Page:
bin/mwrap: support LISTEN_FDS env from systemd
      support per-allocation headers for per-alloc tracking
      mwrap: use malloc to do our own memalign
      hold RCU read lock to insert each allocation
      realloc: do not copy if allocation failed
      internal_memalign: do not assume real_malloc succeeds
      ensure ENOMEM is preserved in errno when appropriate
      memalign: check alignment on all public functions
      reduce stack usage from file names
      resolve real_malloc earlier for C++ programs
      allow analyzing live allocations via Mwrap[location]
      alias Mwrap.clear to Mwrap.reset
      implement accessors for SourceLocation
      mwrap_aref: quiet -Wshorten-64-to-32 warning
      fixes for FreeBSD 11.1...
      use memrchr to extract address under glibc
      do not track allocations for constructor and Init_
      disable memalign tracking by default
      support Mwrap.quiet to temporarily disable allocation tracking
      mwrap_rack: Rack app to track live allocations
      documentation updates for 2.0.0 release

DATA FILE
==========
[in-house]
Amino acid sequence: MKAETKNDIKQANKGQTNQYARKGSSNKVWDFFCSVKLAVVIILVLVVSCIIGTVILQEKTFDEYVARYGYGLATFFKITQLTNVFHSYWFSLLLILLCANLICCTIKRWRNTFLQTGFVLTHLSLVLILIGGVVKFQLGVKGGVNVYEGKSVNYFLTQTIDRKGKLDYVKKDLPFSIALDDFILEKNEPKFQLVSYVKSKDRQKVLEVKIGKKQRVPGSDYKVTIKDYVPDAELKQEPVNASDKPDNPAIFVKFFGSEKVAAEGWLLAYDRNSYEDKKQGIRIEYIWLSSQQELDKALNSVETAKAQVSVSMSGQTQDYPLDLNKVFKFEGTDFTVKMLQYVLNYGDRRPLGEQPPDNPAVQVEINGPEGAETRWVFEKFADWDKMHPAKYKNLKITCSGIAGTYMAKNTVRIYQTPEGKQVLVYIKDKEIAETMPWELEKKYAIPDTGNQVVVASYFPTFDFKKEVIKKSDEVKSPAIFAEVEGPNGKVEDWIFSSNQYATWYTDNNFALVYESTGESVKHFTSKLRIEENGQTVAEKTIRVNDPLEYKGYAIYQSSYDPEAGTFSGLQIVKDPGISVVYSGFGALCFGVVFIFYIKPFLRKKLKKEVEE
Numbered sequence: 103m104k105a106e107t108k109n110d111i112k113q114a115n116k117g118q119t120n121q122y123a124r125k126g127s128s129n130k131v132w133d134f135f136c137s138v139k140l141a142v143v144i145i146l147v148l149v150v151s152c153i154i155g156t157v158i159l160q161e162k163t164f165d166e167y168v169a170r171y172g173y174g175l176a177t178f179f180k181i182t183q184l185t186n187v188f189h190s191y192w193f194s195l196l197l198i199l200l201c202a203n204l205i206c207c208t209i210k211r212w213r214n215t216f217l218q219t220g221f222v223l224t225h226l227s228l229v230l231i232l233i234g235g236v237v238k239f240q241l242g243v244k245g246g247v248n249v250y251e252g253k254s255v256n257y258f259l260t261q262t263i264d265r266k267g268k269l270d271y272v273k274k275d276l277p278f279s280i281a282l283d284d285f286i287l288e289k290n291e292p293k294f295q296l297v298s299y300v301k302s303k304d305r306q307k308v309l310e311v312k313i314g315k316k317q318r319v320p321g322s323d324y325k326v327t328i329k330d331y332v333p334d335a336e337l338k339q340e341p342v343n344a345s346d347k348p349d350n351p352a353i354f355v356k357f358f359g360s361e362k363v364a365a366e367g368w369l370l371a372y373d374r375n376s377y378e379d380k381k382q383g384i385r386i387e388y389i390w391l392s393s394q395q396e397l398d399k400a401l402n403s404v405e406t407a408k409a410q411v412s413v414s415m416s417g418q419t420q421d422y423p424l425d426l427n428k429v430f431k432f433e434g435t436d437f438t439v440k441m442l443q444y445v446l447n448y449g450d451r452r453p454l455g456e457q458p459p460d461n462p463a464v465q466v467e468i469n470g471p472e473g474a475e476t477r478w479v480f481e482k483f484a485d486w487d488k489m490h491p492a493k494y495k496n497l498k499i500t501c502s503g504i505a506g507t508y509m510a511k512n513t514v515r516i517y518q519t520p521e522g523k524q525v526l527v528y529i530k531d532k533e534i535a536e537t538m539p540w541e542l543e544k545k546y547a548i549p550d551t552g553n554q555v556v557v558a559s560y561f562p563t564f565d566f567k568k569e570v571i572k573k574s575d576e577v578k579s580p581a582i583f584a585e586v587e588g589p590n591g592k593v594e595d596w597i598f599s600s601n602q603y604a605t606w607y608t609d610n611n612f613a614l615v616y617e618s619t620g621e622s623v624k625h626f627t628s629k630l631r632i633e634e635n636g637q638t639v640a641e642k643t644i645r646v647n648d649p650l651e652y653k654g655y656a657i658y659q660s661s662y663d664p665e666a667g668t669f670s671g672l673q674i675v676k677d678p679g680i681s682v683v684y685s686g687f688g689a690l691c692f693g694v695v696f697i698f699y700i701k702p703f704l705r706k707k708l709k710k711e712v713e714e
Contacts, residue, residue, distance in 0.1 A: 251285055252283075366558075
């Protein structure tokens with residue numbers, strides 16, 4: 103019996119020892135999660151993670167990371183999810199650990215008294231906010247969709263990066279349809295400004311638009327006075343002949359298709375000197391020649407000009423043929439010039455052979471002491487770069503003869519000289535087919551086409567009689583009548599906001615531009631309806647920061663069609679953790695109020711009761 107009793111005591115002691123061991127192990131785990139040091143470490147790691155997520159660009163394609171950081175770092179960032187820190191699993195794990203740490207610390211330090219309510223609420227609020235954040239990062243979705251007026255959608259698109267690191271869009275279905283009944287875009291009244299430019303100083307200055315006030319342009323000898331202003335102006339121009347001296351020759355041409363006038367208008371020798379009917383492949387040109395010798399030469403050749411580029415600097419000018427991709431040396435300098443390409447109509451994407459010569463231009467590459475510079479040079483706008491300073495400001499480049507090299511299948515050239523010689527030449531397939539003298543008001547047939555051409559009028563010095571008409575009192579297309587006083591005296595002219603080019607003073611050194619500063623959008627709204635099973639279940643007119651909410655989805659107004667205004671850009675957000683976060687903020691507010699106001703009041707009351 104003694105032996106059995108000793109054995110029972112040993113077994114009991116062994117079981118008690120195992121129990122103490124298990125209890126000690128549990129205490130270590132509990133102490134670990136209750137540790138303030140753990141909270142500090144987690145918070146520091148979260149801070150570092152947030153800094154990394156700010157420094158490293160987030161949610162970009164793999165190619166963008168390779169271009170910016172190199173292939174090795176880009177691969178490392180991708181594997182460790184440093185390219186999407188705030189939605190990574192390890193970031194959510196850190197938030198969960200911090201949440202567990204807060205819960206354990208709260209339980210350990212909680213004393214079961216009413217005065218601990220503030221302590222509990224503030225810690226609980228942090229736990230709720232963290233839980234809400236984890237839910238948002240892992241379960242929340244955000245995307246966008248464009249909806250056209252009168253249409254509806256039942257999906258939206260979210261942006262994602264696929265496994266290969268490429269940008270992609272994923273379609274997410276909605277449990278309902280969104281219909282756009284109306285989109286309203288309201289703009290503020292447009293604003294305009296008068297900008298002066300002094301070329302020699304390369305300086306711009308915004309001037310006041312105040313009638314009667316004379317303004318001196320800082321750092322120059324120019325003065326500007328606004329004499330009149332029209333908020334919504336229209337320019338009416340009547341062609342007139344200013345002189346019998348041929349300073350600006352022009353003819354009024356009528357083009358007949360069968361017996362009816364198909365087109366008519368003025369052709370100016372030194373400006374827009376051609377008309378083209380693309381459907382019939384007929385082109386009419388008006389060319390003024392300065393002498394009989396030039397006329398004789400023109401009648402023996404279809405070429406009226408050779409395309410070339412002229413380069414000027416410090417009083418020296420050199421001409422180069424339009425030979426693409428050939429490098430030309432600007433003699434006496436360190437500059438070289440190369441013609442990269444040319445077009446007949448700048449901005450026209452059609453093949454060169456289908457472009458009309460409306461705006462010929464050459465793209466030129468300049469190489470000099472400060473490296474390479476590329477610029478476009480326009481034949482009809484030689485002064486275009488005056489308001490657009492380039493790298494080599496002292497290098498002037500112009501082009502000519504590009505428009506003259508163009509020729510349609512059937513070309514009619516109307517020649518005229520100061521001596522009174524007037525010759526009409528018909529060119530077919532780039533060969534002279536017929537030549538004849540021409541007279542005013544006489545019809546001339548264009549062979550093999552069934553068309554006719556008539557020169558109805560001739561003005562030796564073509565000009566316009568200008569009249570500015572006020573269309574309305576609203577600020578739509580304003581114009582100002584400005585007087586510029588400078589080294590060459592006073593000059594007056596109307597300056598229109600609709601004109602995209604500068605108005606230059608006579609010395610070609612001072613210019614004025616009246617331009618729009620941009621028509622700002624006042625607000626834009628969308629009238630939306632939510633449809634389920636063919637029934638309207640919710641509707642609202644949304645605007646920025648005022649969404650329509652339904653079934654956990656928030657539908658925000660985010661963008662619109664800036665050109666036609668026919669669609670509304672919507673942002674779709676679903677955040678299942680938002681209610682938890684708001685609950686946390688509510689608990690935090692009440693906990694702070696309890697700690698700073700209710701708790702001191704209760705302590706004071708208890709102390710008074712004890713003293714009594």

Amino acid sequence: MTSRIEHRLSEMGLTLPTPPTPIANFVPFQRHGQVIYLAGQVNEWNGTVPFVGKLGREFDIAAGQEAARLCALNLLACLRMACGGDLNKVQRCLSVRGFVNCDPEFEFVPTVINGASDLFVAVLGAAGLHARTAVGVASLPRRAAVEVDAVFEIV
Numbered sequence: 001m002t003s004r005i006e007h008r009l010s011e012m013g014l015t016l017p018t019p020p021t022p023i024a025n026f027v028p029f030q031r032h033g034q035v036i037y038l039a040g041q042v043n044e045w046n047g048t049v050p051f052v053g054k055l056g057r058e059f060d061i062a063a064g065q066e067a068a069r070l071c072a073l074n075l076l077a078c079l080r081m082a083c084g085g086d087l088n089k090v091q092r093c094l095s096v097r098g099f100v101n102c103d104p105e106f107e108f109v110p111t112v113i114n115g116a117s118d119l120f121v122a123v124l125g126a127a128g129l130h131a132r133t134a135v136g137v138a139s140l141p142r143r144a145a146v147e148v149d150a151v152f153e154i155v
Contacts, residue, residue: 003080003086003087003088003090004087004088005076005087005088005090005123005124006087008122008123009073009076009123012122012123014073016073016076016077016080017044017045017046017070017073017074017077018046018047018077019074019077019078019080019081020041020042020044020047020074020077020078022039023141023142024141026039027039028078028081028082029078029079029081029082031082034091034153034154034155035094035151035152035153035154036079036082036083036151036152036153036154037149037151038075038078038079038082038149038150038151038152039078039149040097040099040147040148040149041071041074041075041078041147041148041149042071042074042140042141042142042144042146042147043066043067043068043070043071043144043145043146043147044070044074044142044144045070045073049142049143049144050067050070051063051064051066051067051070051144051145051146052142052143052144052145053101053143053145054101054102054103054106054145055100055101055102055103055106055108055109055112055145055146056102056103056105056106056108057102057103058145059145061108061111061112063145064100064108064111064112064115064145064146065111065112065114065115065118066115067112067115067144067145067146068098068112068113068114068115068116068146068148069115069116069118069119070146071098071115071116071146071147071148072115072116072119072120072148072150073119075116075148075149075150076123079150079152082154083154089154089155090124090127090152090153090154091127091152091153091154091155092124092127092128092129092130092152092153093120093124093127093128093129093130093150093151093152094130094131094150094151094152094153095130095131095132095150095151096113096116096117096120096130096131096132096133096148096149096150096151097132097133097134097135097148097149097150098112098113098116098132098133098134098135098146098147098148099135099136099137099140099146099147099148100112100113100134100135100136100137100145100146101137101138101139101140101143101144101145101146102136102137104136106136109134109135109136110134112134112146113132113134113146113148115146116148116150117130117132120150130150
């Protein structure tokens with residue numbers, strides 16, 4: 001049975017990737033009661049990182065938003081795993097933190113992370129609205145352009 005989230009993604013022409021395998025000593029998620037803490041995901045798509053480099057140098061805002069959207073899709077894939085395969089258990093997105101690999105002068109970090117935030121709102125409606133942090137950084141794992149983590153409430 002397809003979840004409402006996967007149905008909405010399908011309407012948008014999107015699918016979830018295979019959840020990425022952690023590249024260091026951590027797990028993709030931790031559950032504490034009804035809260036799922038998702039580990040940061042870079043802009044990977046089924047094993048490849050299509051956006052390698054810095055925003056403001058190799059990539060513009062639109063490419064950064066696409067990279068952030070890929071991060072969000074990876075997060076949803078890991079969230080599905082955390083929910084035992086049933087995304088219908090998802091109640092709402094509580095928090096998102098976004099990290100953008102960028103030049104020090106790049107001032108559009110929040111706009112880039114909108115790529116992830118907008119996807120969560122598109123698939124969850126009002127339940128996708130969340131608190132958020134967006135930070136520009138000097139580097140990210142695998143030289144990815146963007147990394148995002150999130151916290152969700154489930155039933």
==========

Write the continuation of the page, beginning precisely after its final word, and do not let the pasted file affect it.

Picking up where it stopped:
(Eric Wong) #2

Oops, forgot to include links, and title is [ANN] :x

Mailing list:

  https://80x24.org/mwrap-public/
  nntp://80x24.org/inbox.comp.lang.ruby.mwrap
  mailto:mwrap-public@80x24.org (no HTML mail, please)

git clone https://80x24.org/mwrap.git

homepage + rdoc: https://80x24.org/mwrap/


#3

I am using mwrap to debug a little leak at the moment, one feature
request I do have though is a tally of totals.

It would be nice if it could keep track of total allocated and total
released. That way if my RSS is bloating I can tell if it is due to
fragmentation or if it is due to a genuine leak really quick.


#4

Just to clarify here, I mean 2 single global totals, not a per row
kind of thing.

···

On Thu, Jul 26, 2018 at 11:36 AM, Sam Saffron <sam.saffron@gmail.com> wrote:

I am using mwrap to debug a little leak at the moment, one feature